“How?” and “why?” are the common questions raised when discussing the potential of performance-based marketing as part of any ecommerce ecosystem across the globe. Relevancy is often unacknowledged, and the channel’s incremental sales potential is often misunderstood.
With that in mind, let’s get straight to the point of the industry that encompasses search, affiliate, social, mobile, e-mail, display and lead generation.
In the U.S., the true value of performance marketing has been somewhat hidden as relevant revenue figures by key stakeholders are often undisclosed. Fortunately, we can look to a recent market study conducted in the U.K. to gain insight into the potential value of performance marketing in the U.S.
The IAB recently commissioned an industry study with PwC which generated an “under-represented” market figure for performance marketing in the United Kingdom. A figure of $14 billion was released by PwC as the sales revenue from performance marketing activity in the U.K. That figure covers 100 million transactions, 7% to 9% of digital marketing spend, and 0.6% of total U.K. GDP.
The above numbers have helped cement performance marketing as a viable channel in the ecommerce ecosystem, but the real figure that I’d like to focus on is the expenditure by retailers, standing at $1.24 billion, which generated an average ROI of 11:1 for retailers engaging with performance marketing activities.
11:1. Do I need to say much more?
As a relatively new market and one that has evolved considerably over the past 12 years, performance marketing is now in a position to offer retailers additional value from incremental sales and an enhanced sales arm. Take a quick scan of some of the top performance-marketing networks, and you’ll see Macy’s, Saks Fifth Avenue, Walmart, AT&T, Home Depot and Starbucks all generating revenue through the channel.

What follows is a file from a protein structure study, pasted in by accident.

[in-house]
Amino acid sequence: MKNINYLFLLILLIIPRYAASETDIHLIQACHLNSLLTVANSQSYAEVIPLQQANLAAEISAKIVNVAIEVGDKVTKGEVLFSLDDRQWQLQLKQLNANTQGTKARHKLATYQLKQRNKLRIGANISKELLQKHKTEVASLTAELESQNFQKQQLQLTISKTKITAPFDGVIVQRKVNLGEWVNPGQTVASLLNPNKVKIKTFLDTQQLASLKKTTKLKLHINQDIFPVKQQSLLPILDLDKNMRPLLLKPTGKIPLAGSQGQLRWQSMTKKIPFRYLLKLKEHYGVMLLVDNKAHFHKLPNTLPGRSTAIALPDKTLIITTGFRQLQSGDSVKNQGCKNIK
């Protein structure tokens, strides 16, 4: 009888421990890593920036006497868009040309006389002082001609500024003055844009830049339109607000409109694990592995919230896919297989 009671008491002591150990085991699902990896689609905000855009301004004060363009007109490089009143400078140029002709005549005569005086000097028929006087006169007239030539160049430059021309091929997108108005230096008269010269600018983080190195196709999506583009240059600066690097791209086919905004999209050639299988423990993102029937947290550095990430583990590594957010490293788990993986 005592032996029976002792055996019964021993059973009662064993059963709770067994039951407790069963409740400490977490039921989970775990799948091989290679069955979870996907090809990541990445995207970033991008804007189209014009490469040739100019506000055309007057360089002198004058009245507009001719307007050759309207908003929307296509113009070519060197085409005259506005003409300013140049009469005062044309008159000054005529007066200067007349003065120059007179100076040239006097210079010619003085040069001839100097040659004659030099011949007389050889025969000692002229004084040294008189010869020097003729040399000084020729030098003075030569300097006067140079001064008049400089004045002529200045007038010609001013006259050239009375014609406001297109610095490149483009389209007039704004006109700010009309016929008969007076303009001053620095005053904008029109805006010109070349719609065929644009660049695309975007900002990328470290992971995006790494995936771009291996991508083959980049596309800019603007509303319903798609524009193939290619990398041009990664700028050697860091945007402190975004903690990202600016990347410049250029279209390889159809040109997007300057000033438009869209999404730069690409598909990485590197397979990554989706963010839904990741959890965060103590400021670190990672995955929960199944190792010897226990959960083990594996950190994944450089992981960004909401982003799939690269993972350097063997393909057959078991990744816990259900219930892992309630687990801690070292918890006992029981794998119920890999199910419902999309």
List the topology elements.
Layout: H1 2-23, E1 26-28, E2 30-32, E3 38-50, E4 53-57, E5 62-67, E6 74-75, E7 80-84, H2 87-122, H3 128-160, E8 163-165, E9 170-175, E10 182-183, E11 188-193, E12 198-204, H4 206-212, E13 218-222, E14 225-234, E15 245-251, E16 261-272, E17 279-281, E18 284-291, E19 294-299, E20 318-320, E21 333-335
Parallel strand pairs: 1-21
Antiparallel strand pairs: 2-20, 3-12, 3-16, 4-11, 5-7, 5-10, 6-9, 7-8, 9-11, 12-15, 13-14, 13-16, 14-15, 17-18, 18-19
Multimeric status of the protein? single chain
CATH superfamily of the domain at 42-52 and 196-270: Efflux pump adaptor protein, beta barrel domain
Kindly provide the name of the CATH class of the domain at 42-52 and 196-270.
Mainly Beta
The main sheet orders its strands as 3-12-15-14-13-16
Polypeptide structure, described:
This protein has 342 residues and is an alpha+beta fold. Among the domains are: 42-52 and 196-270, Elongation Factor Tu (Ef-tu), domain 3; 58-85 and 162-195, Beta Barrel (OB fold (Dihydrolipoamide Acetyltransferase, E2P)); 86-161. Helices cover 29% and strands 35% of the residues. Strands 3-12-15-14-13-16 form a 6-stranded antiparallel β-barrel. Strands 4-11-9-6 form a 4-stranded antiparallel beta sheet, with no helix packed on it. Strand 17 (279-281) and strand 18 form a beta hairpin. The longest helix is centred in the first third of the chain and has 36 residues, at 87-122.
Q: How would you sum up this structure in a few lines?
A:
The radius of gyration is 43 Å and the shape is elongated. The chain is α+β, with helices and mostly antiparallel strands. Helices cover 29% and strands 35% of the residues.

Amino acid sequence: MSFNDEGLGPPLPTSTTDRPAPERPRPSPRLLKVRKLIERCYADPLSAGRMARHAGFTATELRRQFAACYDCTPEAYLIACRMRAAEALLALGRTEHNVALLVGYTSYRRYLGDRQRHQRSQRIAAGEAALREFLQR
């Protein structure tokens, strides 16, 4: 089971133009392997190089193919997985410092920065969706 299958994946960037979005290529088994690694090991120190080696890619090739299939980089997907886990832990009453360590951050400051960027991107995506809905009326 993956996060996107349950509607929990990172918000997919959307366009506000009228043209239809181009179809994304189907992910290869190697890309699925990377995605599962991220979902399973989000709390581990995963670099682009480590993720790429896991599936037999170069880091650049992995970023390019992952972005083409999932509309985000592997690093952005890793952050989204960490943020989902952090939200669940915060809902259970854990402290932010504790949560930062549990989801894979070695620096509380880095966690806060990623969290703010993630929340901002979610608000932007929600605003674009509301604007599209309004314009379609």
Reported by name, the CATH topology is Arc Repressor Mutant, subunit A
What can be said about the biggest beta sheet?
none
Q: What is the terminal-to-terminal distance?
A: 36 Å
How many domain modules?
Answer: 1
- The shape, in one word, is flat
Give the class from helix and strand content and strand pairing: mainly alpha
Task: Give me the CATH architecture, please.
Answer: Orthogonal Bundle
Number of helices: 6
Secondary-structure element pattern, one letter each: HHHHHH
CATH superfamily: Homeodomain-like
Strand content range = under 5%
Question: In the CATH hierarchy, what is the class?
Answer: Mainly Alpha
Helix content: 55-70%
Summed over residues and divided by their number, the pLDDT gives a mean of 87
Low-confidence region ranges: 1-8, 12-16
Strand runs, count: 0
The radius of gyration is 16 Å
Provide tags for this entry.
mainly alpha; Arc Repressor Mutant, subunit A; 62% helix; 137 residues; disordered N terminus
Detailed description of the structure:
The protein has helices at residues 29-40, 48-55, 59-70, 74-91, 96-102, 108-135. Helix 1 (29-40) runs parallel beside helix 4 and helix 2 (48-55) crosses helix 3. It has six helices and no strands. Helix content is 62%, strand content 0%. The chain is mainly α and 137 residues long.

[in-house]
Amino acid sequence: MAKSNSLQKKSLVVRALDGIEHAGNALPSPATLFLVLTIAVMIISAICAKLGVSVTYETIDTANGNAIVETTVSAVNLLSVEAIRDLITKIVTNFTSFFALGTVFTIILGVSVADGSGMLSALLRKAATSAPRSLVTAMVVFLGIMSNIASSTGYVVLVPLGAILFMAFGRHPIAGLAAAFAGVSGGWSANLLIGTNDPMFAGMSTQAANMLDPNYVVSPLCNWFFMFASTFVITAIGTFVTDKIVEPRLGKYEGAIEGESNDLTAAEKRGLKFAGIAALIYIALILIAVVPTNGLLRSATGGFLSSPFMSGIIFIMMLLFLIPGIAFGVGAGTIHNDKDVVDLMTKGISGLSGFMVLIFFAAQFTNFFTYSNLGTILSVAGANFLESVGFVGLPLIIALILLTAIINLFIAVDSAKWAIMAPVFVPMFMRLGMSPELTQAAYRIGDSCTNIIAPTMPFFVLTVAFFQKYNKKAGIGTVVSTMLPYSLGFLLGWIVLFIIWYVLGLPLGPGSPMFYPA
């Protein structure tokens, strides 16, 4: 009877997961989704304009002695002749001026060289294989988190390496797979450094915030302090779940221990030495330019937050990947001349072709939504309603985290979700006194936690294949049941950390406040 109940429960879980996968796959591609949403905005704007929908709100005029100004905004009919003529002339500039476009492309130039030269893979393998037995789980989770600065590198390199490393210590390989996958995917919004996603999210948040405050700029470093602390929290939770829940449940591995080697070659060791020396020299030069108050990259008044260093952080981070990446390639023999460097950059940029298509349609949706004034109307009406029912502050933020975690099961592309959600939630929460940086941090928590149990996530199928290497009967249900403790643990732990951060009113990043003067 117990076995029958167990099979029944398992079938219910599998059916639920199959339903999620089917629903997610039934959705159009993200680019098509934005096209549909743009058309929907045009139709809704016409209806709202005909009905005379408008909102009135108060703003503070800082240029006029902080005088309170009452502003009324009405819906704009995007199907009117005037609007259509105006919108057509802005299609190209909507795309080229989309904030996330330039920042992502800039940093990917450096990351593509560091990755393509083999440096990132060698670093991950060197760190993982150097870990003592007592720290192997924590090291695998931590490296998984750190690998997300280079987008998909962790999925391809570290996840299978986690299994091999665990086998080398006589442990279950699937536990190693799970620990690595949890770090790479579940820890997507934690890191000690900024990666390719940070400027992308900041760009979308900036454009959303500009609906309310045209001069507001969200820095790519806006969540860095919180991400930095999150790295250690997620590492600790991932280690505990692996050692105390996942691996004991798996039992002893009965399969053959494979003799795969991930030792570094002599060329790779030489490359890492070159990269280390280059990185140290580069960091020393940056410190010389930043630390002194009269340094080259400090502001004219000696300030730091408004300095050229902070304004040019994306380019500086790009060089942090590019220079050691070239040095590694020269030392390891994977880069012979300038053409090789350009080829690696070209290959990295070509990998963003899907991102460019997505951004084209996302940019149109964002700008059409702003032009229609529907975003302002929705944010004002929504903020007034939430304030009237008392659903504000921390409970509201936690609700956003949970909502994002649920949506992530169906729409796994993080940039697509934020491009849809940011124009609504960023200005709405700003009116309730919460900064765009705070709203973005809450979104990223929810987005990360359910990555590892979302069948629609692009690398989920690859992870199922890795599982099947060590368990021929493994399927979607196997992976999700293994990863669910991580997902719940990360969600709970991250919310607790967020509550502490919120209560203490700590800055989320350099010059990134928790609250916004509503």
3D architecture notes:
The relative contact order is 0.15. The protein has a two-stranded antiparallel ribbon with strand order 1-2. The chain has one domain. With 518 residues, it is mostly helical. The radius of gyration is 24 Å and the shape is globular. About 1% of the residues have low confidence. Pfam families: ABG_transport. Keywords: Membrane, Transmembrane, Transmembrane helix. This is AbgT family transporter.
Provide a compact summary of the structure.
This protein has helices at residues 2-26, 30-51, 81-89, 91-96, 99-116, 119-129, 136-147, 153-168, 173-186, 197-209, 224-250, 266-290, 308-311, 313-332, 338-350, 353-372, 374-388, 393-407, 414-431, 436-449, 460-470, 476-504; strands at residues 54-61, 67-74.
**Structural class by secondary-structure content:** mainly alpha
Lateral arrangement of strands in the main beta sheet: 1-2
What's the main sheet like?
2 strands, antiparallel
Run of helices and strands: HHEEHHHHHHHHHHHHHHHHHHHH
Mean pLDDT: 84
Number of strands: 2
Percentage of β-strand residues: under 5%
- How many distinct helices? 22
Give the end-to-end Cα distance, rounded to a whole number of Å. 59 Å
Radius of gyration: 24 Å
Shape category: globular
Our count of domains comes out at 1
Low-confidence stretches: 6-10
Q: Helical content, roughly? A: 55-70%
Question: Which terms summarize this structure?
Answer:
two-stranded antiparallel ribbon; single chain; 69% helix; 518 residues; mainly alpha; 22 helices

Publishers are an enhanced ‘sales arm’ for their business. Generally speaking, unless a sale or lead are made, the publisher is not paid. By promoting retailers on a performance-based model, provides a level of enhanced brand advocacy. It’s in the interest of your “sales arm” to promote offers and brand messages in the right way, in order to encourage the customer to continue their journey through to the retailer’s site and to make a purchase.
Wouldn’t you have gotten those sales anyway? There are some great white papers on the subject, one of which can be read here.
Overall, key publishers and affiliates in the performance marketing industry are becoming well known online brands in their own right. They have an increasing social fan base, e-mail list, mobile offering. Most importantly, they are often the first point of call for consumers who have been prompted to become savvier, deal-focused and increasingly selective during this fragile economic time.
To meet the needs of today’s agile consumers, who are shopping cross-device, in-store and online, marketing has had to innovate in order to service this new customer journey. This air of smarter marketing has been so far successful; new technologies are being utilized across the board to meet demands. In performance marketing, this is no different. There’s a desire to engage savvier consumers along the purchase funnel. Plus, innovation in call-tracking solutions, mobile commerce, retargeting and remarketing, which allows brands to reach more consumers at extended stages of the customer journey than ever before.
If you’re not yet a part of this fascinating sector, I’d urge you to engage with the leading edge of performance marketing. You’ll be surprised with the additional revenue the channel will add to your bottom line. The model speaks for itself: pay-on-performance.